Paraffin sections (day 2) with standard staining (hematoxylin/eosin and Masson’s trichrome) also demonstrated the absence of endothelial cells (or rare pyknotic nuclei), the absence of smooth muscle cells in the media (or only necrotic fragments), and infiltration of the adventitia by inflammatory cells (Figure 3a⇓ and 3b⇓). Verhoeff staining for elastic lamina revealed that only the most internal lamina was in some cases ruptured (not shown). At day 15, ad integrum restoration of the intima and of the media was observed (Figure 3c⇓ and 3d⇓). However, no neointimal hyperplasia was observed after electric injury of the carotid, even on day 30 (Figure 3e⇓ and 3ff⇓). Adventitia was still infiltrated by inflammatory cells, which persisted at day 15 (Figure 3c⇓ and 3d⇓) and at day 30 (Figure 3e⇓ and 3f⇓).
Effect of Estradiol on Endothelial Regeneration
Ovariectomized mice with an implanted placebo pellet showed nondetectable (<5 pg/mL ie, 20×10−12 mol/L) circulating levels of E2, whereas those implanted with a pellet releasing 0.1 mg E2 for 60 days (ie, 80 μg · kg−1 · d−1) showed serum E2 concentrations averaging 0.5×10−9 mol/L, irrespective of genotype (Tables 1⇓ and 2⇓). Ovariectomized, placebo-treated mice showed atrophied uteri (<20 mg); E2-treated mice showed a significant increase in uterine weight, except ERα−/− mice, which had atrophied uteri even when treated with E2 (Tables 1⇓ and 2⇓).
Endothelial regeneration was similar in all categories of mice with an implanted placebo pellet, irrespective of genotype (Tables 1⇑ and 2⇑, Figure 4⇓). In ERα-deficient mice, an interaction (P=0.004) between E2 treatment and genotype on reendothelialization was revealed by the 2-factor ANOVA. In these animals, E2 treatment significantly accelerated reendothelialization in ERα+/+ mice (P<0.0001), tended to accelerate the reendothelialization in ERα+/− mice (P=0.14), but had no effect in ERα−/− mice (P=0.95) (Figure 4⇓ and Table 1⇑). In contrast, in ERβ-deficient animals, E2 treatment significantly accelerated the reendothelialization process in ERβ+/+, ERβ+/−, and ERβ−/− mice in a similar fashion (P<0.0001), without influence of genotype (P=0.27, NS). Although the acceleration of the reendothelialization tended to be greater in E2-treated ERβ−/− mice treated with E2 than in ERβ+/+ mice, the difference was not statistically significant, because no interaction between E2 treatment and the genotype was observed (P=0.73, NS) (Figure 4⇓ and Table 2⇑).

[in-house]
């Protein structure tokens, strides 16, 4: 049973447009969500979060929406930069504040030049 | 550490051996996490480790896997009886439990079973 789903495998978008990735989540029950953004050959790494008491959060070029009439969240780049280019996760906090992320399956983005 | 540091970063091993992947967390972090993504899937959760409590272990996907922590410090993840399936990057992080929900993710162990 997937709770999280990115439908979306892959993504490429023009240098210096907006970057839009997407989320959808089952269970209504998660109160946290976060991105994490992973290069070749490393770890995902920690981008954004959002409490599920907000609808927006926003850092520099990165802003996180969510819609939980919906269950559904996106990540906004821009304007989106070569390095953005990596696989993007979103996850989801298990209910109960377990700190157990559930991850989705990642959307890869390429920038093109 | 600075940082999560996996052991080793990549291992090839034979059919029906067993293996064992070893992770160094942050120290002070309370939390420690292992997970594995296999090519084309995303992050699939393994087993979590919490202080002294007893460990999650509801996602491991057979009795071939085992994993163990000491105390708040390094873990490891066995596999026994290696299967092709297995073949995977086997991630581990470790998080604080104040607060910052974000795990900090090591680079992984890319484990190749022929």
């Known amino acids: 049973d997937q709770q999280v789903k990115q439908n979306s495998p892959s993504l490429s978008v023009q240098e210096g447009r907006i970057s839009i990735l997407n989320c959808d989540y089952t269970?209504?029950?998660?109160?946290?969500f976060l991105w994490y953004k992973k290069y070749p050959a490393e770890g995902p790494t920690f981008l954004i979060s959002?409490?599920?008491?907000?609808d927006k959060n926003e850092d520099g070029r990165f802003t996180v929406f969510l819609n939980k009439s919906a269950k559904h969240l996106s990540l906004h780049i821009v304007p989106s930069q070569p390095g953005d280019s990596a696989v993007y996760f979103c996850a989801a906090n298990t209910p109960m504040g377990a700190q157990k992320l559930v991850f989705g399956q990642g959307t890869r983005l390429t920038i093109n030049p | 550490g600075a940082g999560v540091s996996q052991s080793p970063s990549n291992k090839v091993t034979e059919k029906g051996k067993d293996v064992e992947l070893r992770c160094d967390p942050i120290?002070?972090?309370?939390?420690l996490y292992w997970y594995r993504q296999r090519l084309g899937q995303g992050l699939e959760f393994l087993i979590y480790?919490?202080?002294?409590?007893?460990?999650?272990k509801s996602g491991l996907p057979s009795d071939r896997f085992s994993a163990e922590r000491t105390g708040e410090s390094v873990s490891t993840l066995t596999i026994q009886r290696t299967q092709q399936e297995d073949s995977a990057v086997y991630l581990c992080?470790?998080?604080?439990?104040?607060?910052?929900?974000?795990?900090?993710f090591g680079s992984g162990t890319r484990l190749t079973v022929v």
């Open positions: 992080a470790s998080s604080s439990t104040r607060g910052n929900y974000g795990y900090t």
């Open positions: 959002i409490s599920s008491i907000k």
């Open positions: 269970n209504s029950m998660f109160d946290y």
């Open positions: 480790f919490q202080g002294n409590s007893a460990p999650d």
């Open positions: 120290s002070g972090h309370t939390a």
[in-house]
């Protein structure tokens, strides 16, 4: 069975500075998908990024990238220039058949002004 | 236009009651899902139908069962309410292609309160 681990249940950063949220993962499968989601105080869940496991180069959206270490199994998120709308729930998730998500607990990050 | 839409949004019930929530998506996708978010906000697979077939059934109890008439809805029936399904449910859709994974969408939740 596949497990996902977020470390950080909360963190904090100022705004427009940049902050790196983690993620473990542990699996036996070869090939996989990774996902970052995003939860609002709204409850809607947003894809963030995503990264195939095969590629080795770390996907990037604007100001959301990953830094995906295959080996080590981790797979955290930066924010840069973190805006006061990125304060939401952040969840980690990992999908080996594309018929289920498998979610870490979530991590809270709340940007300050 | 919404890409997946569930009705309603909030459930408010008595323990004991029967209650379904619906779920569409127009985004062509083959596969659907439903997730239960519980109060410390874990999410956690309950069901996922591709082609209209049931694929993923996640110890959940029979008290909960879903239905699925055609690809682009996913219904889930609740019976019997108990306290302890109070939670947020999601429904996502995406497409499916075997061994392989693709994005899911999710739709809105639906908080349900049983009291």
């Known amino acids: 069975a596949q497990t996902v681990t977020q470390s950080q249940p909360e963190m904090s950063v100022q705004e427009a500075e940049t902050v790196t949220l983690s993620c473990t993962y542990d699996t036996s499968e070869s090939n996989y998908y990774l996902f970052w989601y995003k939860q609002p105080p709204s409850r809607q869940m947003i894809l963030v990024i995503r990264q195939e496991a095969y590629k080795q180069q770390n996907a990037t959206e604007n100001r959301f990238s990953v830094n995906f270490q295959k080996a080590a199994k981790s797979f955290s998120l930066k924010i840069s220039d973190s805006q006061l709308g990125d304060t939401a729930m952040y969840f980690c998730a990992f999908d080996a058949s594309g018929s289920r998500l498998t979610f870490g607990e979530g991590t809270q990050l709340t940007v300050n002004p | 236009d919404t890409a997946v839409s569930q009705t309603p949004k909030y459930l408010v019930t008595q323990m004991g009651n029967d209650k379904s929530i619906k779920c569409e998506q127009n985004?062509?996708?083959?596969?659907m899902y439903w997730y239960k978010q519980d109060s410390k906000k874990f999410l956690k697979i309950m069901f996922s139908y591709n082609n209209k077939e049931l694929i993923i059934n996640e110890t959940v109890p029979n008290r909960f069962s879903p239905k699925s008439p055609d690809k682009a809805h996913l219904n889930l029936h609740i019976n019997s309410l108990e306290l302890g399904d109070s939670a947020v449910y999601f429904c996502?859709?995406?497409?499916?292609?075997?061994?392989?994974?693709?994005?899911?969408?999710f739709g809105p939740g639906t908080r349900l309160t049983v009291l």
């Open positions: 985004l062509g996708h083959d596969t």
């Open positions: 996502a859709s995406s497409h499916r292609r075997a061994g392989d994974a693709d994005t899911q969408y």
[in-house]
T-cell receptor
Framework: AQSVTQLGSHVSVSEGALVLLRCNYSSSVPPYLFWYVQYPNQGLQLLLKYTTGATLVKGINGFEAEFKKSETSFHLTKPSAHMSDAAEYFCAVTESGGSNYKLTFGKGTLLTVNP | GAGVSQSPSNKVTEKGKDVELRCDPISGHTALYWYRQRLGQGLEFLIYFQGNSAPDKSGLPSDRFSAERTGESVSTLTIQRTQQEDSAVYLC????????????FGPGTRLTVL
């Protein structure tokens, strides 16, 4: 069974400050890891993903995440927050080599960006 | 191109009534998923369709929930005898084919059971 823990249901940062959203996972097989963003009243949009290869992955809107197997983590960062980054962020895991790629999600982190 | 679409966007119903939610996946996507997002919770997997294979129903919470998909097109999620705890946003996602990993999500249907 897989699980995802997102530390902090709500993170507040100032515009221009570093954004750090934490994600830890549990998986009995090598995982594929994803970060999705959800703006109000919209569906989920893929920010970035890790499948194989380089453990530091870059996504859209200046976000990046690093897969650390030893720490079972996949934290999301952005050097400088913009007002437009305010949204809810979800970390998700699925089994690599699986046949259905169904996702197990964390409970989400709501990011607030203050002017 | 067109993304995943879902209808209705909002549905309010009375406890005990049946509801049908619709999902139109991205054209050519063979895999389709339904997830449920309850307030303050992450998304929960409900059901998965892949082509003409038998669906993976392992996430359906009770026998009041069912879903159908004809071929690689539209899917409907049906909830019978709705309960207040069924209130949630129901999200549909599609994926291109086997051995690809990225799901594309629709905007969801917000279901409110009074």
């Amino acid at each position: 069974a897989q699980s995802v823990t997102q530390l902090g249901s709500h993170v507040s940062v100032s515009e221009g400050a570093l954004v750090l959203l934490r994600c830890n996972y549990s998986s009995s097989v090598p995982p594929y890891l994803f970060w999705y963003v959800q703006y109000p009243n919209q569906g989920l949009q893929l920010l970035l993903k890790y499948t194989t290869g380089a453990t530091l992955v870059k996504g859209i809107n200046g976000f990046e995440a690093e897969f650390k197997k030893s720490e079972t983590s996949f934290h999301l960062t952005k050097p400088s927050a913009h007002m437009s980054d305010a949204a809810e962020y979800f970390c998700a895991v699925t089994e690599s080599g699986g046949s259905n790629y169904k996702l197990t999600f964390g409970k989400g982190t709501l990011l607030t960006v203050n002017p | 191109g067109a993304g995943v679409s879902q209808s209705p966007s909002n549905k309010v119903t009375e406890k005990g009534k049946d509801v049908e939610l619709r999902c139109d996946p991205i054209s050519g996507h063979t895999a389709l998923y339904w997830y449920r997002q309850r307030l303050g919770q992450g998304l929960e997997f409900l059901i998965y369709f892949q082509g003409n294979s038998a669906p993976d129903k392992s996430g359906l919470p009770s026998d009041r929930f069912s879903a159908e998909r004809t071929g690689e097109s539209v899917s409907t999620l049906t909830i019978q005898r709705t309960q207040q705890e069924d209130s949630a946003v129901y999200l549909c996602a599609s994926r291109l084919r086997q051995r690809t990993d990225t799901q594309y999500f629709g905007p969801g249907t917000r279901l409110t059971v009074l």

Endothelium is both a key actor in the pathophysiology of atherosclerosis and an important target of E2 in the vessel wall. Indeed, the modulation of several properties of endothelium in response to E2 could account for the vasculoprotective effect of the hormone. One major function of endothelium is the release of the vasorelaxant and antiaggregant messenger nitric oxide, which is enhanced in oophorectomized females treated with estrogens26 27 28 either directly by upregulation of the endothelial NO synthase gene expression29 or indirectly by a receptor-mediated antioxidant effect.30 E2 was also reported to promote reendothelialization in castrated female rats,16 but to the best of our knowledge, this effect has not been reported in mice. Moreover, the availability of genetically modified mice with ERα or ERβ gene disruption offers the possibility of studying the role of each of these ER subtypes in the effect of E2 on endothelial regeneration.